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December 25, 2009

 

Christmas comes to India

 

By Shagorika Ghosh

Junior Reporter, Youth Journalism International

 

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Apeksha Porwal, 17, a student at St. Xavier's College in Mumbai, India.

Shagorika Ghosh/Youth Journalism International

 

 

MUMBAI, India -- In a country that’s predominantly Hindu, and holds on steadfastly to its secular tag, Christmas holds different meaning for different people.

In rural India, December 25th is just another date on the calendar.

For some urban dwellers, though, it is just a reason to have a 10-day vacation – rolling Christmas and New Year’s into one generally termed ‘Christmas vacation.’

Some creative entrepreneurs even make a quick buck off the Christmas cheer by selling Santa hats and reindeer antlers that college students enthusiastically wear along with their normal attire.

Not only does it draw the disapproving eye of teachers – always a good reason to do anything, in their book – the students say gleefully, it makes them feel more ‘Christmassy.’

For some, Christmas is more than just a day to wake up late and watch TV all day, reveling in the joy of not having to go to school.

For them, Christmas is about happiness, celebration and bringing in the New Year with their loved ones.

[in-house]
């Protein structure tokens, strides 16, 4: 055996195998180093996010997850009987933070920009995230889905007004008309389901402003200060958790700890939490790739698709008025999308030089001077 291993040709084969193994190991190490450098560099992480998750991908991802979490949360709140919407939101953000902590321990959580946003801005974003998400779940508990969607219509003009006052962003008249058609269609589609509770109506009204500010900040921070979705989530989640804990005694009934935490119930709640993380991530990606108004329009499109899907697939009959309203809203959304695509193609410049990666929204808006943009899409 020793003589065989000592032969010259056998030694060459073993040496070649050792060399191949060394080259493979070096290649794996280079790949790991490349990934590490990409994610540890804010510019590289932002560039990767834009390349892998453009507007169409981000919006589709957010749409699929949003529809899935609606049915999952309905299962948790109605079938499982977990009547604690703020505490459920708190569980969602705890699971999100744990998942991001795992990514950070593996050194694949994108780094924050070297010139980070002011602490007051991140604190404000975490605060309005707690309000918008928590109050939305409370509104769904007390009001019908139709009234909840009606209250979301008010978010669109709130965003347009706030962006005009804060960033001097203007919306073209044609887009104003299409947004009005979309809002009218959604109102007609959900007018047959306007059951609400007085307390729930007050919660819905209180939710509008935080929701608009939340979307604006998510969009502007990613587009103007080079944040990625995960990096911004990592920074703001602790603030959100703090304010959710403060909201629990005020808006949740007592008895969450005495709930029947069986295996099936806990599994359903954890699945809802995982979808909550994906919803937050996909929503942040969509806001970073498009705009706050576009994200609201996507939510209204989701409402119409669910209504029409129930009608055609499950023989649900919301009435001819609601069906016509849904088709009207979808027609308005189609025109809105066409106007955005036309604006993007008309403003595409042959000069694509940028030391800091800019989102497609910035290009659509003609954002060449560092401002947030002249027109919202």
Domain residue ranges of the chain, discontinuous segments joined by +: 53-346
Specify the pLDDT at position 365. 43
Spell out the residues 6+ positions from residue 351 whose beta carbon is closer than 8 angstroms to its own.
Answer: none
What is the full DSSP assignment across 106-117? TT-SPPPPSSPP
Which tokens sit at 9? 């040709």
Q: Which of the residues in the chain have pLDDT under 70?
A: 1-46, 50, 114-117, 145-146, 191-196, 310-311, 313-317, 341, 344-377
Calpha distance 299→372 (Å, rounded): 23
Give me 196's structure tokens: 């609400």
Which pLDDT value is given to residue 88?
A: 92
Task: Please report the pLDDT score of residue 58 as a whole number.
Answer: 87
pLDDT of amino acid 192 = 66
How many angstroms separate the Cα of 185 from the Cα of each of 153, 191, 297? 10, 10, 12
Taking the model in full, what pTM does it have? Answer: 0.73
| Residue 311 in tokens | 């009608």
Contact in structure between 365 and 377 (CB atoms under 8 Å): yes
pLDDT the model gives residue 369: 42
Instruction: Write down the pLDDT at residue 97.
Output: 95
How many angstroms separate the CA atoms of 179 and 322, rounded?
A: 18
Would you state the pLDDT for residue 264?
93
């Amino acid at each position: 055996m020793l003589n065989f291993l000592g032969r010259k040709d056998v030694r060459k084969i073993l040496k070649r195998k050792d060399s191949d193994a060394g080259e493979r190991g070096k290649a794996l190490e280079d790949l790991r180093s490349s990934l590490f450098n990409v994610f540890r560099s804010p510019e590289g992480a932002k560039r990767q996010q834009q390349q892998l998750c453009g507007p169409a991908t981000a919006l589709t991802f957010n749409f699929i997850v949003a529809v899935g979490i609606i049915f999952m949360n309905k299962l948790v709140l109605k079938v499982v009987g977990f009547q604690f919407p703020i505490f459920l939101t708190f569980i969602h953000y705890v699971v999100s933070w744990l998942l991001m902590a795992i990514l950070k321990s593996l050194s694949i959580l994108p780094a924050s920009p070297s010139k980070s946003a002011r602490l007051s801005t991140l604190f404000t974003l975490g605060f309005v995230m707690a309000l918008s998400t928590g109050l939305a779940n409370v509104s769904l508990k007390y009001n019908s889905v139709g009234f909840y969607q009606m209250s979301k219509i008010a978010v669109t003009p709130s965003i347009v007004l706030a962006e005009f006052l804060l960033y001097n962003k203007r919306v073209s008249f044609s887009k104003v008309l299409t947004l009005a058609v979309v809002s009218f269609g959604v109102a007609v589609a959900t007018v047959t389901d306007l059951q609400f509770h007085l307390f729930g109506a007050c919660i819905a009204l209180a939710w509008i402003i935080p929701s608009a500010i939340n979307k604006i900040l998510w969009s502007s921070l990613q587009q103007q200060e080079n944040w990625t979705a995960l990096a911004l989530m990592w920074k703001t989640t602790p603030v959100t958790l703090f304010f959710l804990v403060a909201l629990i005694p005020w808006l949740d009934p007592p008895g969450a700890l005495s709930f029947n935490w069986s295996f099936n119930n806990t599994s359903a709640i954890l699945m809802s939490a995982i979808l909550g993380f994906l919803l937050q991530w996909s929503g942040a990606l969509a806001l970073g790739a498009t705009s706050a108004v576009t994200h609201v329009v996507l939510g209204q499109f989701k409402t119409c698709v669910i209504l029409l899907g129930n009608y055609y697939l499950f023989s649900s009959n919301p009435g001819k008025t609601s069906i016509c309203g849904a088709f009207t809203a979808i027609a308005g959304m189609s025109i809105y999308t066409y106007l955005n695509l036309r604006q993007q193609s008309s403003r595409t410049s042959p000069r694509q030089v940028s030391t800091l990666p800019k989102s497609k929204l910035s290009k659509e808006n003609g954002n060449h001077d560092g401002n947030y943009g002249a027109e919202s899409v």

Yash Gurjar, a 16-year-old born to a Catholic mother and a Hindu father (colloquially known as a ‘cocktail’) said his family celebrates Christmas with as much fervor as any Hindu festival.

From attending Midnight Mass on Christmas Eve to singing carols with the family and gorging on home-made marzipan, no stone is left unturned in the wholehearted celebration this festival of joy.

Many families treat Christmas and New Year as one 7-day long celebration

Gurjar said this tendency to celebrate Christmas and New Year as one long festival probably stems from the concept of the Indian Christmas vacation, where holidays begin a few days before Christmas and continue till the first Monday of the New Year.

Gurjar said that although he comes from a ‘cocktail’ family, the celebration of festivals is doubled rather than halved. His mixed culture, he said, enables him to take the best of both.

True to their vow of secularism, many non-Christian Indians allow their children to indulge in Christmas traditions, too.

By midnight on Christmas Eve, many stockings are hung at windows along with long letters to Santa, asking for gifts and assuring him that they were good that year.

As these children grow up and face the sad reality that there is no Santa, they  remember the time they believed in him with nostalgia, as a sweet memory of childhood.

They in turn let their children believe in the miracles of Christmas, and the tradition continues.

See the entire package of Christmas stories from 2009


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